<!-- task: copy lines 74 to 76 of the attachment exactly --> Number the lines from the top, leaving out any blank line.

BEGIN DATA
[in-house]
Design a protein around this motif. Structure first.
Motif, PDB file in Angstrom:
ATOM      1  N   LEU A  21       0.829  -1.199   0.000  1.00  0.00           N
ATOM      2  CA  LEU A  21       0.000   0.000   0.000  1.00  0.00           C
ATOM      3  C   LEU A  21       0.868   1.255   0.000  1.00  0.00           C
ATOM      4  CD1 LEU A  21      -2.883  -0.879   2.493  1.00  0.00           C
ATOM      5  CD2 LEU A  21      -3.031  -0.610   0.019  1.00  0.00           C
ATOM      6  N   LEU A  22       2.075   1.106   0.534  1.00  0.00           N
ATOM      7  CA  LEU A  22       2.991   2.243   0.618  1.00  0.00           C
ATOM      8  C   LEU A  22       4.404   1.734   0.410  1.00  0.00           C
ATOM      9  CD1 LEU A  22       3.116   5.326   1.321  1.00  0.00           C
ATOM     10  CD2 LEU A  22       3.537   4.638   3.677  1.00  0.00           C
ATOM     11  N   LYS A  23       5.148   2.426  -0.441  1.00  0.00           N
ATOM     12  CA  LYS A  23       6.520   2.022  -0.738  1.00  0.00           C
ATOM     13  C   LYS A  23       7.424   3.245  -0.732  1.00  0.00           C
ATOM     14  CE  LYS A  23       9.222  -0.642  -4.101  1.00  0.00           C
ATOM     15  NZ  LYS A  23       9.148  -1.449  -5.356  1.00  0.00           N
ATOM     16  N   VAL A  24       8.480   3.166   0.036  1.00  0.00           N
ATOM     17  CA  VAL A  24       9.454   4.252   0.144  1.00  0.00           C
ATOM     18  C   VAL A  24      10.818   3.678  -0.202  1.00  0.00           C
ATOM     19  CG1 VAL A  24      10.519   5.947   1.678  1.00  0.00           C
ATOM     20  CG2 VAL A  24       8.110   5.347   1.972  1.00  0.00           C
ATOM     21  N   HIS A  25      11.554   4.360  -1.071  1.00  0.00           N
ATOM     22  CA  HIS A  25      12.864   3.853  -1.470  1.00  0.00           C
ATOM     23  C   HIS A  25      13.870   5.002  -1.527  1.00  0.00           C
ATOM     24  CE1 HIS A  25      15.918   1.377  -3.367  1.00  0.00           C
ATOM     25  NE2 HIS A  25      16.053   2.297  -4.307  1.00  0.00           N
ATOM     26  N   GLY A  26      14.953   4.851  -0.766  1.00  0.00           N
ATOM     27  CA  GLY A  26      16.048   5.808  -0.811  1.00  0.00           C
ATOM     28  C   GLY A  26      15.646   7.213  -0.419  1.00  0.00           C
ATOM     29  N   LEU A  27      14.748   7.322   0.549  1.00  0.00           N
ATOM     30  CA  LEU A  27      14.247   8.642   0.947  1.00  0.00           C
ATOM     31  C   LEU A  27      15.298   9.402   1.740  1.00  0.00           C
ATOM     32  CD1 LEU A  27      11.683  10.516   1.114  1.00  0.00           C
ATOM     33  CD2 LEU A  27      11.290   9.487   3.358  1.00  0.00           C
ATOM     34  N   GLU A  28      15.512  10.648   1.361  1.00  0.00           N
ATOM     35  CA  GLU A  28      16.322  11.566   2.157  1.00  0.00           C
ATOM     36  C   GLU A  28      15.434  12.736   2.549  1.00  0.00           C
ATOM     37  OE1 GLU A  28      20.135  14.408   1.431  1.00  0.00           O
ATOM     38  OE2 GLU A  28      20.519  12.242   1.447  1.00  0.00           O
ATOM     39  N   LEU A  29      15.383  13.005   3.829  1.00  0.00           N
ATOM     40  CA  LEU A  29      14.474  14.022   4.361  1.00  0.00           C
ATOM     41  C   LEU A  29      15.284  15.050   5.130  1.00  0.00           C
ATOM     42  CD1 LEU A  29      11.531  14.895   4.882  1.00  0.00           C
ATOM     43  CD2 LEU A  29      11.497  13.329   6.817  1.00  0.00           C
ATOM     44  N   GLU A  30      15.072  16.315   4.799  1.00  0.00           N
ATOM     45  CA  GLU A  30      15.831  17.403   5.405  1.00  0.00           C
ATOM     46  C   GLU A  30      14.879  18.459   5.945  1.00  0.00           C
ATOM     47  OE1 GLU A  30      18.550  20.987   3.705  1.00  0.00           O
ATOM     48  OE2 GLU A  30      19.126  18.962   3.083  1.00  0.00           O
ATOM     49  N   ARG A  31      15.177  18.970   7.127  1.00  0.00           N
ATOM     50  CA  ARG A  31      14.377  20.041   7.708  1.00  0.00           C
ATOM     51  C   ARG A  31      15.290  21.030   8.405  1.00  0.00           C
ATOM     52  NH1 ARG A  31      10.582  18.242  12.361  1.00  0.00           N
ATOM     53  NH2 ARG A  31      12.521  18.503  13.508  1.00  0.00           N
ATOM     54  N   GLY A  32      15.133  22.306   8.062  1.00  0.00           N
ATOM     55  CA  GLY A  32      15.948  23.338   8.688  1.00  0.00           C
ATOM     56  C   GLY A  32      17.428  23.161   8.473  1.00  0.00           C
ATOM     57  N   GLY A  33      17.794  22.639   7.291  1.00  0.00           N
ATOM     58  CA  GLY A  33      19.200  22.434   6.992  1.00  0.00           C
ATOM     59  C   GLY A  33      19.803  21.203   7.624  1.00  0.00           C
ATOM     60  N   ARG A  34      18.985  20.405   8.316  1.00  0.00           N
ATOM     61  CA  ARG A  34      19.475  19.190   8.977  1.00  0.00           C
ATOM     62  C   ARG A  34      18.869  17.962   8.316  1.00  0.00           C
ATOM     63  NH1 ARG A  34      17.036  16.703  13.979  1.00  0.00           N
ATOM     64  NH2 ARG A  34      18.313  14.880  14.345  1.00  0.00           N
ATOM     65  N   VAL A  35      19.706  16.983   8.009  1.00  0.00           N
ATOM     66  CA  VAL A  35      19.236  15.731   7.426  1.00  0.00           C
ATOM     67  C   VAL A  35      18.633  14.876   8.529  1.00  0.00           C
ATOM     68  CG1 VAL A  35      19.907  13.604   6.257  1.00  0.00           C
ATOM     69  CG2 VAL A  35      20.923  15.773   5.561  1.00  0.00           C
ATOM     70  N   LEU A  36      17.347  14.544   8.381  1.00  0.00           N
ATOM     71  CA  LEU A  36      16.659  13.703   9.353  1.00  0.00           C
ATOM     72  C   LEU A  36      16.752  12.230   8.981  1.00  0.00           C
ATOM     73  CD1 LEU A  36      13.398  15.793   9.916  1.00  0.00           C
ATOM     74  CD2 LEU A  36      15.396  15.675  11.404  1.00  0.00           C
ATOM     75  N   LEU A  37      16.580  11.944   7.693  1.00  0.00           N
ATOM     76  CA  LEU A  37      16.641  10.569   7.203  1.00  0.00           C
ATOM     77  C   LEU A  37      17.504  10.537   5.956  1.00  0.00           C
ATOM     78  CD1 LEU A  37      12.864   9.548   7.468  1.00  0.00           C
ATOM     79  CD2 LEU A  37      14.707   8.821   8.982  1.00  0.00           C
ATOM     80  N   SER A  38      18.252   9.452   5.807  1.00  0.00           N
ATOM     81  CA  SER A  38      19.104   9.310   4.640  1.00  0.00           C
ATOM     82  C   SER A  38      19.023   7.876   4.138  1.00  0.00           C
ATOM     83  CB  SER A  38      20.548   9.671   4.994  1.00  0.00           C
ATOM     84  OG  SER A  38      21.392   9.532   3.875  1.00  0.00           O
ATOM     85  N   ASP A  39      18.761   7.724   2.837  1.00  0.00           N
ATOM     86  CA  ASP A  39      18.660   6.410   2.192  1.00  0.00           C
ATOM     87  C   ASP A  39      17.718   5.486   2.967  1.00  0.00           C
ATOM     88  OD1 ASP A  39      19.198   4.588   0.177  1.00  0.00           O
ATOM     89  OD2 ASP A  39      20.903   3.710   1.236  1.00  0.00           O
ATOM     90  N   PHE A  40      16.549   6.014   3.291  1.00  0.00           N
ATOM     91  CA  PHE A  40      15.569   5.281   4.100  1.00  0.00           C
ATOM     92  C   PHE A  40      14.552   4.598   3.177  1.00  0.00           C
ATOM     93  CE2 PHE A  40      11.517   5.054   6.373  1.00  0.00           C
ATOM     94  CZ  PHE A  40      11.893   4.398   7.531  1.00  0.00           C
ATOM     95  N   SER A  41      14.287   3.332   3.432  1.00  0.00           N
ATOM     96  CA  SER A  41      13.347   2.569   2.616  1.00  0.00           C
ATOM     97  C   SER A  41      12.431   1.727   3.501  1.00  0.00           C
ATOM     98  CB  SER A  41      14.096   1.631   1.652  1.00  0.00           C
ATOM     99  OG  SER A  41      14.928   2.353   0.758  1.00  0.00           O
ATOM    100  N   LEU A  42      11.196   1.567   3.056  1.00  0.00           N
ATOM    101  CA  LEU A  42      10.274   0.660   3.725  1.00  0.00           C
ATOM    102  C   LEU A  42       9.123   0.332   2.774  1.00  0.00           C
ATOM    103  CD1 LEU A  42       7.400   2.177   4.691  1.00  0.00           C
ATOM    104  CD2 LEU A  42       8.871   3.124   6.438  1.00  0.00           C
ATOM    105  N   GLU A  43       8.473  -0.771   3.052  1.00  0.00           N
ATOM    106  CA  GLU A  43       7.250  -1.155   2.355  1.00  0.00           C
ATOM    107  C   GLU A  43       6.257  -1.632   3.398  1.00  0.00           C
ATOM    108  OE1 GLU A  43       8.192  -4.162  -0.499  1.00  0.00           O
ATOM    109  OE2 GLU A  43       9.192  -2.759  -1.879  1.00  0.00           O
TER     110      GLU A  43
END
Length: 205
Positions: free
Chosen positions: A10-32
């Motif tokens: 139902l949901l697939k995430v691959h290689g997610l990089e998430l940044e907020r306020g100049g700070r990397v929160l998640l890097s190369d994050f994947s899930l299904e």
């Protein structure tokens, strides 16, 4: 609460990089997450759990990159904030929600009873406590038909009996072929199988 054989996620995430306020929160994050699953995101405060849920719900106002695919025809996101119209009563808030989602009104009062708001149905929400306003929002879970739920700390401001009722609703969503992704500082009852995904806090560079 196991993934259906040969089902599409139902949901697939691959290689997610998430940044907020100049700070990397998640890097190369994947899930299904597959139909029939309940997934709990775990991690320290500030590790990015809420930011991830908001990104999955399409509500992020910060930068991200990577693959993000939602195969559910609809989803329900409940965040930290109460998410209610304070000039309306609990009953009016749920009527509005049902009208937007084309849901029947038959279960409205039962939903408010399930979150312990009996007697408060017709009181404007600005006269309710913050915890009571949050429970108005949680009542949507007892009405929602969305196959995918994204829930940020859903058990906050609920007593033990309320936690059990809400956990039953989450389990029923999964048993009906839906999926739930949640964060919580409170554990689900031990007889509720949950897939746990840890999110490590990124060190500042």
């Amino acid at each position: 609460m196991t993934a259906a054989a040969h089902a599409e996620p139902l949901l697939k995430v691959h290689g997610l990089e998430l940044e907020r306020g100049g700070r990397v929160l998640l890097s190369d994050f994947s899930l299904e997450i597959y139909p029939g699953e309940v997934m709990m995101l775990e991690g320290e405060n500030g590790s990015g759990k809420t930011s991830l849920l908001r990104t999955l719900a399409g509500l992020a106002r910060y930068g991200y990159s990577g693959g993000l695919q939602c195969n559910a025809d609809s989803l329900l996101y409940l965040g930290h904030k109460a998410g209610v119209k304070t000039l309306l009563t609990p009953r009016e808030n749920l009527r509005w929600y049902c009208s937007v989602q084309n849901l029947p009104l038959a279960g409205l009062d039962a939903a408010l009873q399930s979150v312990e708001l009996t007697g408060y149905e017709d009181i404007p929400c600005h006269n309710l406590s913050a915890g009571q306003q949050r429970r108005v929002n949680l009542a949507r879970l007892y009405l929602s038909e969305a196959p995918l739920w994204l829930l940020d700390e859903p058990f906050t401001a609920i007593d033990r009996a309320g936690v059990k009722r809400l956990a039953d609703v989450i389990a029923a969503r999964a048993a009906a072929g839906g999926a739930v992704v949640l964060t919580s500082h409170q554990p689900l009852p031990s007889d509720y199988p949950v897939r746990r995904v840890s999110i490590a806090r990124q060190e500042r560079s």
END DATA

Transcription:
ATOM     71  CA  LEU A  36      16.659  13.703   9.353  1.00  0.00           C
ATOM     72  C   LEU A  36      16.752  12.230   8.981  1.00  0.00           C
ATOM     73  CD1 LEU A  36      13.398  15.793   9.916  1.00  0.00           C